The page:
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Breville BCG800 or Baratza Preciso???

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  • Breville BCG800 or Baratza Preciso???

    I could use some help. I recently purchased a Breville BES840. I am still at the early learning stage with this machine. I have a Breville BCG450 which has served me well for drip coffee. I modified it so it would grind finer. I bought some nice freshly roasted beans locally. I find I really have to fill the basket (using the single wall) and tamp quite hard. I am enjoying the results, but I think a better grinder would be a big help.
    I have narrowed my search (I think) to the Breville Smart grinder or the Baratza Preciso. I can purchase them here in Canada online with a 10% discount since I bought my 840 at the same place. The price would be $180 for the Breville and $287 for the Baratza. I did for a while also consider the Ascaso i1 for about the price of the Baratza.
    Any comments or suggestions would be appreciated. But please don't laugh at me. My wife has already done that when she caught me using a magnifying glass to compare my grounds to a sample from the grinder where I bought my beans. Yea, it likely did look funny.
    Thanks for your input.

  • #2
    Definitely wont laugh at you - but if you are prepared to spend the money, the Baratza is a far superior grinder. The Baratza is more on par with the Mazzer Mini/Compak K3 and the breville is more on par with the sunbeam grinders.
    Do you use single-wall (un-pressurrised) or double -wall (pressurised) baskets? If you're not using the single wall ones (the one that you can see lots of holes from the top and bottom of the basket) then combining the use of those with a Baratza grinder will improve your shots outta sight - provided you're using fresh coffee (not coffee from the supermarket)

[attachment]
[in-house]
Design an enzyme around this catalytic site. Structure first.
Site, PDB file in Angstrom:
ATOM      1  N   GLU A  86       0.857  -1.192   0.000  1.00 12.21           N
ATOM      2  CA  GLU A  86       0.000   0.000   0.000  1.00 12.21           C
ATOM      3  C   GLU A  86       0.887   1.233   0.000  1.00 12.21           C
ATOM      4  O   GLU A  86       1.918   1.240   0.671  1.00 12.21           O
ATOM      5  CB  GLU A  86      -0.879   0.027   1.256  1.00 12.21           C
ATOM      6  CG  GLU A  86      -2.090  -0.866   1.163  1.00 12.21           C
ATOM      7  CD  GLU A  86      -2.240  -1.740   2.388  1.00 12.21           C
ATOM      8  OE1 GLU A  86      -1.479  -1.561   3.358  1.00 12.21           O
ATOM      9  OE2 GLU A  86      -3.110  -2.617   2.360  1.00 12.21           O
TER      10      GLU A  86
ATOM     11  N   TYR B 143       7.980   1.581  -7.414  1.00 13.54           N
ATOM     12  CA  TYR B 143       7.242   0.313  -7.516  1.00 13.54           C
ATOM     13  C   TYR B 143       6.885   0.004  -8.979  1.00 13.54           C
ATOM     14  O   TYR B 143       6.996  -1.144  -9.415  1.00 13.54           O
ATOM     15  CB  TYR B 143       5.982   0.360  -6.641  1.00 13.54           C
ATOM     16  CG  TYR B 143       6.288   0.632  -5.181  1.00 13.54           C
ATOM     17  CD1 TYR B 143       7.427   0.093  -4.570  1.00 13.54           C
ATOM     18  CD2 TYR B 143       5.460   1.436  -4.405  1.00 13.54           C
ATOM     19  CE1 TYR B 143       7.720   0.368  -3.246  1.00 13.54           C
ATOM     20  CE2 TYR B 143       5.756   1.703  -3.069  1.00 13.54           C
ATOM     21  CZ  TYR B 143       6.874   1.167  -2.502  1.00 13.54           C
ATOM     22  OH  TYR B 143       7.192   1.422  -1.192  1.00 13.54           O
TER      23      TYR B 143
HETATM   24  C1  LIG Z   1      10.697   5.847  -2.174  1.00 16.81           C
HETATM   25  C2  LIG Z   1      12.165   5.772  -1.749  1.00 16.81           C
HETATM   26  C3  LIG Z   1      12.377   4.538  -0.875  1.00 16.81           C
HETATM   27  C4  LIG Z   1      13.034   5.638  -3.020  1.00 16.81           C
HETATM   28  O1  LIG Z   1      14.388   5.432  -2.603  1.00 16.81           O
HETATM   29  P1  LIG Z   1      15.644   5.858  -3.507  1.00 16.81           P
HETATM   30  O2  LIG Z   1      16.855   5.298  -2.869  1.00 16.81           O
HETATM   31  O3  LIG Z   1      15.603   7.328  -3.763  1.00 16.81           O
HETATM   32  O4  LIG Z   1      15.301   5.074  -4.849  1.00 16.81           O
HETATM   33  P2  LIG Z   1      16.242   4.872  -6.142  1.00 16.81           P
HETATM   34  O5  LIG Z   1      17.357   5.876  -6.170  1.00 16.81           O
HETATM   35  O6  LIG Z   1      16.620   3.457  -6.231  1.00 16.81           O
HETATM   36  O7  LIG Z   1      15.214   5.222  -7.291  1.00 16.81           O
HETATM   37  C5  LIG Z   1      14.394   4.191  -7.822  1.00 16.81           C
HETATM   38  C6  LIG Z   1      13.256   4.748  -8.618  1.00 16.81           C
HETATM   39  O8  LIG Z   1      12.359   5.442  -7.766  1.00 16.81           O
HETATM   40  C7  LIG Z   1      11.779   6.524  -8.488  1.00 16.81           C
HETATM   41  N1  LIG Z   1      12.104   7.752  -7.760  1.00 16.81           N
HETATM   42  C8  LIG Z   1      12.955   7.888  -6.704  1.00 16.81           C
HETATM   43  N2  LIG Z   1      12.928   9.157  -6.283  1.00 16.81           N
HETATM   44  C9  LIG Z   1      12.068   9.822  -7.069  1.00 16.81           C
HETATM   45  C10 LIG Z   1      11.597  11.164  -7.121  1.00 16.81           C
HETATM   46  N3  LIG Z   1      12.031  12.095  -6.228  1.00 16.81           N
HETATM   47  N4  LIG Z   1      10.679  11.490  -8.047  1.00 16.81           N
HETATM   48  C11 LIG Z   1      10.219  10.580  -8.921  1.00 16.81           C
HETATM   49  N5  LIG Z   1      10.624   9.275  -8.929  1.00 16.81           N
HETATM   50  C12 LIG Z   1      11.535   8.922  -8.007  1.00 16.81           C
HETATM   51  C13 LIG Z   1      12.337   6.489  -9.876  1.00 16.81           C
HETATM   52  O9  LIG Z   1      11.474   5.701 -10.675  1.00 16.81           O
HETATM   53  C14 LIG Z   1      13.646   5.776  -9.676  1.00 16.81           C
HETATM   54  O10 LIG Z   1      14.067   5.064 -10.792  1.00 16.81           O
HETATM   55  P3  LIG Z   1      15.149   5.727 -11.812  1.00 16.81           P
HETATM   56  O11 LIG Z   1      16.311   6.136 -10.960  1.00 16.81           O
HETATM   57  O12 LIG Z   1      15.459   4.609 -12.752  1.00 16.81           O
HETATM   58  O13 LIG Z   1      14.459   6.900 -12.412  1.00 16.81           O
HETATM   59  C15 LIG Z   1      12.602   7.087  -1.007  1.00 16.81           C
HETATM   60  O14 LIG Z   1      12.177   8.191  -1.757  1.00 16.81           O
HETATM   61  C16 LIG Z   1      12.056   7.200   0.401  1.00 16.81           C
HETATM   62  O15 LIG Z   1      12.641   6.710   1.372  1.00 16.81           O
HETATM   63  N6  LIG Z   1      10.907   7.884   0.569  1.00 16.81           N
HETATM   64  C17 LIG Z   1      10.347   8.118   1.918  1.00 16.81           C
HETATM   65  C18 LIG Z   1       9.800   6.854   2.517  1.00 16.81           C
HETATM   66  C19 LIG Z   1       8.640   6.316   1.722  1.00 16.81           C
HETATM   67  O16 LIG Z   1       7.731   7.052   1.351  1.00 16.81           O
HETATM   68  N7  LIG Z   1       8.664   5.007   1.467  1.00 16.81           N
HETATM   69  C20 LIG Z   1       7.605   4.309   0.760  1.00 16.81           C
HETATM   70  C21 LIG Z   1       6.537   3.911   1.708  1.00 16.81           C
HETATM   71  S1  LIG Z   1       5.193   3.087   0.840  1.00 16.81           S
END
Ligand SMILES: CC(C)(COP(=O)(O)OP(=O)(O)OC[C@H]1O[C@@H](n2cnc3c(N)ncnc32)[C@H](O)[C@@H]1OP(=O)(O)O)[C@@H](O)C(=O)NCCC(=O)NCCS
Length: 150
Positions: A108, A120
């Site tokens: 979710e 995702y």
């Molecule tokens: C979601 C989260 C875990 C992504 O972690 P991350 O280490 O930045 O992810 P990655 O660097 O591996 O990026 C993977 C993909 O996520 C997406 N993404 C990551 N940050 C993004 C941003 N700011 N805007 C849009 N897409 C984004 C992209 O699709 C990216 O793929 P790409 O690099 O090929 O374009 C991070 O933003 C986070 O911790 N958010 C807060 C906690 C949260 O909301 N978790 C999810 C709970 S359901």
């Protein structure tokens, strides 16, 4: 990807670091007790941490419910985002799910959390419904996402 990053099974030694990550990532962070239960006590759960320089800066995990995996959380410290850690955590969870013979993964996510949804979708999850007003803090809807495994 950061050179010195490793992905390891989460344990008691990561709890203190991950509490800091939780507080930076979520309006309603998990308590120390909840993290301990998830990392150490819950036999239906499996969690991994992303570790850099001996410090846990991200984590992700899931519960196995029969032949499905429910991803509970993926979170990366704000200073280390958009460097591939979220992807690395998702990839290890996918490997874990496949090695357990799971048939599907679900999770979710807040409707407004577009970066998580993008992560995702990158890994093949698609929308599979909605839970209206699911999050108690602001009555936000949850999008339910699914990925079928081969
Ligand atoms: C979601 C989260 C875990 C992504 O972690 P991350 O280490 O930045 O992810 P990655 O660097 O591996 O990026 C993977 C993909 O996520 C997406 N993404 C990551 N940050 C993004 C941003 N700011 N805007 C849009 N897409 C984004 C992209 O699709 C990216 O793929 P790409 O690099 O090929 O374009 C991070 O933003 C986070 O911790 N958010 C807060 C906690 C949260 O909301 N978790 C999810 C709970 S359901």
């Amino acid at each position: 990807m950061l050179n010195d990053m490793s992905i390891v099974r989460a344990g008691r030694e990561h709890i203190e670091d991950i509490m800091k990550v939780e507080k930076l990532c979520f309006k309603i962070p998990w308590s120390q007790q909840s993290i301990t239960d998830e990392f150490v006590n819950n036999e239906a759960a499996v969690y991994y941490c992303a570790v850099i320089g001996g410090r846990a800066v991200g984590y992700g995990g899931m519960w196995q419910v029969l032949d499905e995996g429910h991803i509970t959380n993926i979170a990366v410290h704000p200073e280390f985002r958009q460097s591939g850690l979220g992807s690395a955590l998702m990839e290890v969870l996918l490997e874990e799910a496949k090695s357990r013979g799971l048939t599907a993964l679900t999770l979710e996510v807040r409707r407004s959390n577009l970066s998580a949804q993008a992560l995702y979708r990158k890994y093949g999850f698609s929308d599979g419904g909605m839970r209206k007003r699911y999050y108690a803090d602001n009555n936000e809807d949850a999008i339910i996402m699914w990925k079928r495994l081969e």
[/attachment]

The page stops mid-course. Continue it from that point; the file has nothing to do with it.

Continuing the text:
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    • #3
      Thanks for not laughing, my wife does that enough with my recent "obsession". Yes, I am using the single-wall basket. The instructions that came with the BES840 said to use them with fresh ground coffee, while the double wall was for pre-ground. I buy my beans from a local place that roasts them daily. I can even ask for a specialty bean and have it roasted after I order. I also make regular coffee with an Aeropress and also drip or pour over. The BCG450 could be kept for that if changing grind or bean type is an issue.
      My wife doesn't mind me spending a bit of money on my hobby, just not too much. I did tell her it is cheaper than a girlfriend. That is a true statement --- right???

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      • #4
        Sorry, I should have also said that comparing to Sunbeam is meaningless to me. I am not aware of Sunbeam grinders being available in Canada. We do get some Sunbeam products here, but not the grinders. When you say Sunbeam, I sort of think on par with Quisinart. I had one of those, but it was louder than the engines at work. I'm not sure of the model number, but it should have been called the Quisinart Static. I almost had to scrape the grounds out of the container.